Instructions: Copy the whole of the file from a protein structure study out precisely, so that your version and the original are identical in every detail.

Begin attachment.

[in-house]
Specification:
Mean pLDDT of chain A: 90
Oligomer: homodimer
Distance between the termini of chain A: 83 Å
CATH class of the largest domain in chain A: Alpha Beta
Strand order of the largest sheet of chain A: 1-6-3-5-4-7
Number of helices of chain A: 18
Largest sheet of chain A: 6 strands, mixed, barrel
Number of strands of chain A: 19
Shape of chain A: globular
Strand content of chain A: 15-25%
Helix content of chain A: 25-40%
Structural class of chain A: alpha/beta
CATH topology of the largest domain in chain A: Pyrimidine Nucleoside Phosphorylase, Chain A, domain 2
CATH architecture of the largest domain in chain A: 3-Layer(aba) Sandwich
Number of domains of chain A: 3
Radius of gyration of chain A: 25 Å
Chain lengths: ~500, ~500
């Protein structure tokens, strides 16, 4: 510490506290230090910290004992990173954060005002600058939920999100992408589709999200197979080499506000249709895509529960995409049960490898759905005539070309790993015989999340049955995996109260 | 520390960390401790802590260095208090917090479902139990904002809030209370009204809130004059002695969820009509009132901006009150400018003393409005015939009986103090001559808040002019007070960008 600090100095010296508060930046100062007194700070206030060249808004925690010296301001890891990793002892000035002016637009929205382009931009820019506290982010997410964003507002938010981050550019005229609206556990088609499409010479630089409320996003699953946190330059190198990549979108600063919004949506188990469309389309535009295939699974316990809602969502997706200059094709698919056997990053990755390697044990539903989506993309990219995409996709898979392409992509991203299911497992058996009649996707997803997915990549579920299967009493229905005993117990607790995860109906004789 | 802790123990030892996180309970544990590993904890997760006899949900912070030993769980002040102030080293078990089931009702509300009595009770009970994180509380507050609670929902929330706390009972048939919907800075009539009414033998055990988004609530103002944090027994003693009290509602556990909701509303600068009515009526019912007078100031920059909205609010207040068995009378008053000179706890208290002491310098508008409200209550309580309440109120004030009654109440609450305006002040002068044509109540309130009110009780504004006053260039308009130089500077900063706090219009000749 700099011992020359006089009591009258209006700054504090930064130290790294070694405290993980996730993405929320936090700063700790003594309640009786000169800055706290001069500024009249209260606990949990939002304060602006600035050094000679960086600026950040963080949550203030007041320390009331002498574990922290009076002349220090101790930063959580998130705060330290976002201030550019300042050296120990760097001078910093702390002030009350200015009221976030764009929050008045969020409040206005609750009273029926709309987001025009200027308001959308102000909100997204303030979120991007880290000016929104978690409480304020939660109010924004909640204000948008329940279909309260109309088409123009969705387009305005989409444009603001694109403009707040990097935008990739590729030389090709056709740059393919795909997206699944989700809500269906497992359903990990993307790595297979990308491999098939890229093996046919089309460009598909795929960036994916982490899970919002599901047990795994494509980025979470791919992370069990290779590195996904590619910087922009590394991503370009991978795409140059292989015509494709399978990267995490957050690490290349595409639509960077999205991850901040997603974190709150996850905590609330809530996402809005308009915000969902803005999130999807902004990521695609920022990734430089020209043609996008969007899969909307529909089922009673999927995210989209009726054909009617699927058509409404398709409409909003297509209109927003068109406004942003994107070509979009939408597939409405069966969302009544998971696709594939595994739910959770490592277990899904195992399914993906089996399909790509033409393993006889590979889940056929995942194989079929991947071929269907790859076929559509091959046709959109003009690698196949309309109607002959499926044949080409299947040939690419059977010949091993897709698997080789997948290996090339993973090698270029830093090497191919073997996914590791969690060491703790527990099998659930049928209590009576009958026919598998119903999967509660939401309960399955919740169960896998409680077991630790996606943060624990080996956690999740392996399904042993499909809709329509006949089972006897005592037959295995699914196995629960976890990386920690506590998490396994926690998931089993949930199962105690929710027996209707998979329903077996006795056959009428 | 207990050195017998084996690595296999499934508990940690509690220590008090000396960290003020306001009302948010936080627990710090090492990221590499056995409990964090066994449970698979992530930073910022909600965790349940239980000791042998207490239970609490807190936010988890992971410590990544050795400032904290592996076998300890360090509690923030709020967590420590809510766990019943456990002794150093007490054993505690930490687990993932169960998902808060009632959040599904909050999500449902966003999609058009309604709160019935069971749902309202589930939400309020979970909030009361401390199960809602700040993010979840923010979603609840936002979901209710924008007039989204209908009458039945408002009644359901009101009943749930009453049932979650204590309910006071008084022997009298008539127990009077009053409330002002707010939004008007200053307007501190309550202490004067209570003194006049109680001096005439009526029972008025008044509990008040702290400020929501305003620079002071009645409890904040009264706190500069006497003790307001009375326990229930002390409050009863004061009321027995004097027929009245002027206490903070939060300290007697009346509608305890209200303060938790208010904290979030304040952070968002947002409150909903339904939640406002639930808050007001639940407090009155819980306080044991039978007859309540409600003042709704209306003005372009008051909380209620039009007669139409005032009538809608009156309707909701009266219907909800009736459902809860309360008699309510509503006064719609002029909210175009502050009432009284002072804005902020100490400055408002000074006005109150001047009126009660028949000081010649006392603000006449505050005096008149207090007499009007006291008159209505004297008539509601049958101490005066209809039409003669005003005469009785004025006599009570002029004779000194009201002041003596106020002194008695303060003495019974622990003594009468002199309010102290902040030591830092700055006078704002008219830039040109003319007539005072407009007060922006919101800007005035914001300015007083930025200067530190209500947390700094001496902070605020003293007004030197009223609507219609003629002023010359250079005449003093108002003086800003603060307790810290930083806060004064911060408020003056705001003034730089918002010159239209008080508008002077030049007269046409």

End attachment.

[in-house]
Specification:
Mean pLDDT of chain A: 90
Oligomer: homodimer
Distance between the termini of chain A: 83 Å
CATH class of the largest domain in chain A: Alpha Beta
Strand order of the largest sheet of chain A: 1-6-3-5-4-7
Number of helices of chain A: 18
Largest sheet of chain A: 6 strands, mixed, barrel
Number of strands of chain A: 19
Shape of chain A: globular
Strand content of chain A: 15-25%
Helix content of chain A: 25-40%
Structural class of chain A: alpha/beta
CATH topology of the largest domain in chain A: Pyrimidine Nucleoside Phosphorylase, Chain A, domain 2
CATH architecture of the largest domain in chain A: 3-Layer(aba) Sandwich
Number of domains of chain A: 3
Radius of gyration of chain A: 25 Å
Chain lengths: ~500, ~500
């Protein structure tokens, strides 16, 4: 510490506290230090910290004992990173954060005002600058939920999100992408589709999200197979080499506000249709895509529960995409049960490898759905005539070309790993015989999340049955995996109260 | 520390960390401790802590260095208090917090479902139990904002809030209370009204809130004059002695969820009509009132901006009150400018003393409005015939009986103090001559808040002019007070960008 600090100095010296508060930046100062007194700070206030060249808004925690010296301001890891990793002892000035002016637009929205382009931009820019506290982010997410964003507002938010981050550019005229609206556990088609499409010479630089409320996003699953946190330059190198990549979108600063919004949506188990469309389309535009295939699974316990809602969502997706200059094709698919056997990053990755390697044990539903989506993309990219995409996709898979392409992509991203299911497992058996009649996707997803997915990549579920299967009493229905005993117990607790995860109906004789 | 802790123990030892996180309970544990590993904890997760006899949900912070030993769980002040102030080293078990089931009702509300009595009770009970994180509380507050609670929902929330706390009972048939919907800075009539009414033998055990988004609530103002944090027994003693009290509602556990909701509303600068009515009526019912007078100031920059909205609010207040068995009378008053000179706890208290002491310098508008409200209550309580309440109120004030009654109440609450305006002040002068044509109540309130009110009780504004006053260039308009130089500077900063706090219009000749 700099011992020359006089009591009258209006700054504090930064130290790294070694405290993980996730993405929320936090700063700790003594309640009786000169800055706290001069500024009249209260606990949990939002304060602006600035050094000679960086600026950040963080949550203030007041320390009331002498574990922290009076002349220090101790930063959580998130705060330290976002201030550019300042050296120990760097001078910093702390002030009350200015009221976030764009929050008045969020409040206005609750009273029926709309987001025009200027308001959308102000909100997204303030979120991007880290000016929104978690409480304020939660109010924004909640204000948008329940279909309260109309088409123009969705387009305005989409444009603001694109403009707040990097935008990739590729030389090709056709740059393919795909997206699944989700809500269906497992359903990990993307790595297979990308491999098939890229093996046919089309460009598909795929960036994916982490899970919002599901047990795994494509980025979470791919992370069990290779590195996904590619910087922009590394991503370009991978795409140059292989015509494709399978990267995490957050690490290349595409639509960077999205991850901040997603974190709150996850905590609330809530996402809005308009915000969902803005999130999807902004990521695609920022990734430089020209043609996008969007899969909307529909089922009673999927995210989209009726054909009617699927058509409404398709409409909003297509209109927003068109406004942003994107070509979009939408597939409405069966969302009544998971696709594939595994739910959770490592277990899904195992399914993906089996399909790509033409393993006889590979889940056929995942194989079929991947071929269907790859076929559509091959046709959109003009690698196949309309109607002959499926044949080409299947040939690419059977010949091993897709698997080789997948290996090339993973090698270029830093090497191919073997996914590791969690060491703790527990099998659930049928209590009576009958026919598998119903999967509660939401309960399955919740169960896998409680077991630790996606943060624990080996956690999740392996399904042993499909809709329509006949089972006897005592037959295995699914196995629960976890990386920690506590998490396994926690998931089993949930199962105690929710027996209707998979329903077996006795056959009428 | 207990050195017998084996690595296999499934508990940690509690220590008090000396960290003020306001009302948010936080627990710090090492990221590499056995409990964090066994449970698979992530930073910022909600965790349940239980000791042998207490239970609490807190936010988890992971410590990544050795400032904290592996076998300890360090509690923030709020967590420590809510766990019943456990002794150093007490054993505690930490687990993932169960998902808060009632959040599904909050999500449902966003999609058009309604709160019935069971749902309202589930939400309020979970909030009361401390199960809602700040993010979840923010979603609840936002979901209710924008007039989204209908009458039945408002009644359901009101009943749930009453049932979650204590309910006071008084022997009298008539127990009077009053409330002002707010939004008007200053307007501190309550202490004067209570003194006049109680001096005439009526029972008025008044509990008040702290400020929501305003620079002071009645409890904040009264706190500069006497003790307001009375326990229930002390409050009863004061009321027995004097027929009245002027206490903070939060300290007697009346509608305890209200303060938790208010904290979030304040952070968002947002409150909903339904939640406002639930808050007001639940407090009155819980306080044991039978007859309540409600003042709704209306003005372009008051909380209620039009007669139409005032009538809608009156309707909701009266219907909800009736459902809860309360008699309510509503006064719609002029909210175009502050009432009284002072804005902020100490400055408002000074006005109150001047009126009660028949000081010649006392603000006449505050005096008149207090007499009007006291008159209505004297008539509601049958101490005066209809039409003669005003005469009785004025006599009570002029004779000194009201002041003596106020002194008695303060003495019974622990003594009468002199309010102290902040030591830092700055006078704002008219830039040109003319007539005072407009007060922006919101800007005035914001300015007083930025200067530190209500947390700094001496902070605020003293007004030197009223609507219609003629002023010359250079005449003093108002003086800003603060307790810290930083806060004064911060408020003056705001003034730089918002010159239209008080508008002077030049007269046409």